The prophetic message itself now follows: “One who rules over people justly, ruling in the fear of God, is like the light of morning, like the sun rising on a cloudless morning, gleaming from the rain on the grassy land” (2 Sam. 23:3–4). The trope of sun for king is a fairly common one throughout the ancient Near East—Hammurabi comes readily to mind—and the morning dew probably refers to the fruitfulness that comes from the meeting of just leadership and an obedient people.
To be sure, the classical philosophical tradition placed great emphasis on the indispensability of upright rule. One needs only to think of Plato’s philosopher-king or Aristotle’s just monarch who reigns for the sake of the common good. But what is most interesting in this context is how the line functions as a summary of the entire Davidic narrative, which has been a sustained meditation on kingship.
From the time of Adam, the human race has required good leadership. Without rightly ordered kingship, the garden devolves into a desert, and human beings become the victims of threatening powers. David’s emergence as a righteous king, ruling in accord with divine purposes, was the condition for the possibility of Israel’s flourishing as a prosperous empire. And his devolution into unrighteous leadership led by a short road to disaster both political and religious. When law, governance, and power become simply the means for the king’s aggrandizement or tools by which he can manipulate the people, the nation falls into deep dysfunction.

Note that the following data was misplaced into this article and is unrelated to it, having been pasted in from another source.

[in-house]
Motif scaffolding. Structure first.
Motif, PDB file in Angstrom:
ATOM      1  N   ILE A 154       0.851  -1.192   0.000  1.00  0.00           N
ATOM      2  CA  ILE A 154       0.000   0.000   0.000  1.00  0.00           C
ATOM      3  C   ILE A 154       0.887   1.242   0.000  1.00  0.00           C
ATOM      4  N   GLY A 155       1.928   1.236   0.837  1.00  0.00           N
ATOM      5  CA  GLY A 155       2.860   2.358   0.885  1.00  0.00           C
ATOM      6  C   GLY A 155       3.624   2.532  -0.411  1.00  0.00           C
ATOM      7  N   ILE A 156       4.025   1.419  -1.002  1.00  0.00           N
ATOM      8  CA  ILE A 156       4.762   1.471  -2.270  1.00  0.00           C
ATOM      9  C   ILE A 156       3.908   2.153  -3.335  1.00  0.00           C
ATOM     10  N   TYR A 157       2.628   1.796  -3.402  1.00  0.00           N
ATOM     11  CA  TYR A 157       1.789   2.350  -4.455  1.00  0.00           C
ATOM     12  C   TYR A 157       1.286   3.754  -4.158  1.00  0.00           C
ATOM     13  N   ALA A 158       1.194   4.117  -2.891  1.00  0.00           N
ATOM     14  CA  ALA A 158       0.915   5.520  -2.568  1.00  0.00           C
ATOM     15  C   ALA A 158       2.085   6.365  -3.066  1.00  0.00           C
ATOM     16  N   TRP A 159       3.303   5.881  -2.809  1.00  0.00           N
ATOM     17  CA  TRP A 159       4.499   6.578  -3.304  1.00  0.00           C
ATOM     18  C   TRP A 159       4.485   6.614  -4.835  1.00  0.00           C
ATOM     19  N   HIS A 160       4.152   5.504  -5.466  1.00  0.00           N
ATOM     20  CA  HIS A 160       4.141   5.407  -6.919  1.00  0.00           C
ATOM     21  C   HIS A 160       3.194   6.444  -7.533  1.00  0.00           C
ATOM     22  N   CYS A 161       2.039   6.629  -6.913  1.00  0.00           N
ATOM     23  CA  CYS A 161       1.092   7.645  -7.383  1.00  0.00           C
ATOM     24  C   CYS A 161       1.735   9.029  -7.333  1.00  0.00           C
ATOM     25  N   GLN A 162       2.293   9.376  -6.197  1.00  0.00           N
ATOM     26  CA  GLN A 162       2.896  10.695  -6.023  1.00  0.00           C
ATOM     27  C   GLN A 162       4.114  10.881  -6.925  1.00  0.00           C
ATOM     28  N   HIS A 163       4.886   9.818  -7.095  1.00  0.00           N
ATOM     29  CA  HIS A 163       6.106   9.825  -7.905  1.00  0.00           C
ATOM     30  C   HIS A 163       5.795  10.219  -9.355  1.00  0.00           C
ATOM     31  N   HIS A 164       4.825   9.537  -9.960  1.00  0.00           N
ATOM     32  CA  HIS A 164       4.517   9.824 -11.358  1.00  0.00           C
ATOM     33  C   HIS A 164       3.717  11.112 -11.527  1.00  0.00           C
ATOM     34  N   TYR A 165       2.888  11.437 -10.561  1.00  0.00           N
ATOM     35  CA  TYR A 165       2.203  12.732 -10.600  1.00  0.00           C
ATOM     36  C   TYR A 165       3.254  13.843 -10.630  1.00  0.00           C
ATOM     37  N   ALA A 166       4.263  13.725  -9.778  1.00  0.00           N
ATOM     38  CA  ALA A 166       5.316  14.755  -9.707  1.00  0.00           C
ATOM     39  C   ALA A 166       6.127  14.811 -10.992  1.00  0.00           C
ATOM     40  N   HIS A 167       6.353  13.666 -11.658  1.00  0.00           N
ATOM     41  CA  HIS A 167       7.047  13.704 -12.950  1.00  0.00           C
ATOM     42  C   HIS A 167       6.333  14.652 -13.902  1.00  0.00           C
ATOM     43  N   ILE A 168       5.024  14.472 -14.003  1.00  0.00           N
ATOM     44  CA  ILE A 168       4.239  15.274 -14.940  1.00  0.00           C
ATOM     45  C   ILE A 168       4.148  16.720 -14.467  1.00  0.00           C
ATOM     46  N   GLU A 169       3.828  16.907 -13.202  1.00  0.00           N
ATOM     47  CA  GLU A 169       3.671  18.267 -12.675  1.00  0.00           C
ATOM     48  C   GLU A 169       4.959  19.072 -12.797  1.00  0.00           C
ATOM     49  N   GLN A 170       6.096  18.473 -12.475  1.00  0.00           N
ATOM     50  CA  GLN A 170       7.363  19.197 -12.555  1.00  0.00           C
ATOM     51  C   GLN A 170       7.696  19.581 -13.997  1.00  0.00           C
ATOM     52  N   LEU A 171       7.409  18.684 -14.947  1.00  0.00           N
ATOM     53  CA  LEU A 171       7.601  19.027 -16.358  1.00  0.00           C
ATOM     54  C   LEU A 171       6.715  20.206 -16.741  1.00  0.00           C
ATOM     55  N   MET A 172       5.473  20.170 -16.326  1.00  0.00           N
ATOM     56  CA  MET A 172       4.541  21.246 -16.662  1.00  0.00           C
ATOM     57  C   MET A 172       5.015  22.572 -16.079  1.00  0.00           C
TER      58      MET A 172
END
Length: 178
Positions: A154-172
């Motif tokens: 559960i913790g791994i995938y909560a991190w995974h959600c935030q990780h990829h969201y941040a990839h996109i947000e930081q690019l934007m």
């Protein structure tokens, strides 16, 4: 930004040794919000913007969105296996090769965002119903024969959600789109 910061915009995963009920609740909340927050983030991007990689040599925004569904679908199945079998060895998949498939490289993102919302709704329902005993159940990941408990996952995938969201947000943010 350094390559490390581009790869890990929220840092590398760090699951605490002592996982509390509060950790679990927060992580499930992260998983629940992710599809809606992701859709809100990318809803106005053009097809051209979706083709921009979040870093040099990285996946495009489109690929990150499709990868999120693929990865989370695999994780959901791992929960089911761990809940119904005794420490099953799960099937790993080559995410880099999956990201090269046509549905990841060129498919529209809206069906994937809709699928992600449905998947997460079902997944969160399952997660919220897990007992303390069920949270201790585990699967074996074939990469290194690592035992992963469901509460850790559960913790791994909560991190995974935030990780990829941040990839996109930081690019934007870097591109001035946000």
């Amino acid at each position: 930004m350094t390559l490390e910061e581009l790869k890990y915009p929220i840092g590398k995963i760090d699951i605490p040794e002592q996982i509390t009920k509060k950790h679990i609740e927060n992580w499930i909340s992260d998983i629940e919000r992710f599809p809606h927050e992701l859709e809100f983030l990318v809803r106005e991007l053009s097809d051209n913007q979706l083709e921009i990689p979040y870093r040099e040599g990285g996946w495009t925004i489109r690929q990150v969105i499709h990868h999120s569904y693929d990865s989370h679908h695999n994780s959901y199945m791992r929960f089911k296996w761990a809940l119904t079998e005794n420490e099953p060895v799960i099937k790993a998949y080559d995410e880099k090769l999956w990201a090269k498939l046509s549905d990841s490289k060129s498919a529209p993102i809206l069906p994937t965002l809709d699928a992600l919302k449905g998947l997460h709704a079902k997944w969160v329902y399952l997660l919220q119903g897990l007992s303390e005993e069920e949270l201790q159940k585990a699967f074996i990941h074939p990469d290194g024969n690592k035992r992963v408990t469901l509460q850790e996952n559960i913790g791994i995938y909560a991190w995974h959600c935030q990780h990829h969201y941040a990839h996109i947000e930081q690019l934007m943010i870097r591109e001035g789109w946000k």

If Plato’s criterion for measuring right rule is the realm of the forms and Aristotle’s the intuition of virtue, the Bible’s criterion is none other than the lordship of God. Next, the singer makes another reference to the Nathan prophecy: “Is not my house like this with God? For he has made with me an everlasting covenant, ordered in all things and secure” (2 Sam. 23:5). The tragedy, of course, is that the well-ordered kingdom began to fall apart in David’s own lifetime and definitively splintered during the reign of his son. The only house that fulfills the expectation expressed here is the house of Christ’s body, which proves across time that the God of Israel is eternally faithful to his promises.